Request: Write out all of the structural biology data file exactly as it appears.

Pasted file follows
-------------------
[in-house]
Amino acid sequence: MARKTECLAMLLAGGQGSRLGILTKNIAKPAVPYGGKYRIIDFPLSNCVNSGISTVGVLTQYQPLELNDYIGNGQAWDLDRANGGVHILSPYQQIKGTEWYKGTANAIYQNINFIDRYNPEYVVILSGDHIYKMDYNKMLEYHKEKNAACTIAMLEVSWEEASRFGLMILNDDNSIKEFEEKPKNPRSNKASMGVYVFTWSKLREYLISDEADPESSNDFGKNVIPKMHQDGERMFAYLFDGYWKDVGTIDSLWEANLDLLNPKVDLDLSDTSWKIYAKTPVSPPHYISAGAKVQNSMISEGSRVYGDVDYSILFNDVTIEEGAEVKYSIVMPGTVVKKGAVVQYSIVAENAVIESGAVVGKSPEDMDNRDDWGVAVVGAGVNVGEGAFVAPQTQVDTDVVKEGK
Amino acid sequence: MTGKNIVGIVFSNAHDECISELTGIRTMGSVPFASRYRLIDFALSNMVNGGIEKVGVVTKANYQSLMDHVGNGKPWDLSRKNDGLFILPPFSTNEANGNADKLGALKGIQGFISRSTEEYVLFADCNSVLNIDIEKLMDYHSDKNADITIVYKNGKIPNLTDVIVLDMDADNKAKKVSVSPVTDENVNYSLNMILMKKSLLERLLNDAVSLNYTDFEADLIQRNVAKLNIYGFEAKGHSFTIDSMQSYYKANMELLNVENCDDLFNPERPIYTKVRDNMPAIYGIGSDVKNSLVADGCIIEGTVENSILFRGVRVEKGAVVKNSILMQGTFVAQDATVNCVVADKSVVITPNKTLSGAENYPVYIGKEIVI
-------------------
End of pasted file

[in-house]
Amino acid sequence: MARKTECLAMLLAGGQGSRLGILTKNIAKPAVPYGGKYRIIDFPLSNCVNSGISTVGVLTQYQPLELNDYIGNGQAWDLDRANGGVHILSPYQQIKGTEWYKGTANAIYQNINFIDRYNPEYVVILSGDHIYKMDYNKMLEYHKEKNAACTIAMLEVSWEEASRFGLMILNDDNSIKEFEEKPKNPRSNKASMGVYVFTWSKLREYLISDEADPESSNDFGKNVIPKMHQDGERMFAYLFDGYWKDVGTIDSLWEANLDLLNPKVDLDLSDTSWKIYAKTPVSPPHYISAGAKVQNSMISEGSRVYGDVDYSILFNDVTIEEGAEVKYSIVMPGTVVKKGAVVQYSIVAENAVIESGAVVGKSPEDMDNRDDWGVAVVGAGVNVGEGAFVAPQTQVDTDVVKEGK
Amino acid sequence: MTGKNIVGIVFSNAHDECISELTGIRTMGSVPFASRYRLIDFALSNMVNGGIEKVGVVTKANYQSLMDHVGNGKPWDLSRKNDGLFILPPFSTNEANGNADKLGALKGIQGFISRSTEEYVLFADCNSVLNIDIEKLMDYHSDKNADITIVYKNGKIPNLTDVIVLDMDADNKAKKVSVSPVTDENVNYSLNMILMKKSLLERLLNDAVSLNYTDFEADLIQRNVAKLNIYGFEAKGHSFTIDSMQSYYKANMELLNVENCDDLFNPERPIYTKVRDNMPAIYGIGSDVKNSLVADGCIIEGTVENSILFRGVRVEKGAVVKNSILMQGTFVAQDATVNCVVADKSVVITPNKTLSGAENYPVYIGKEIVI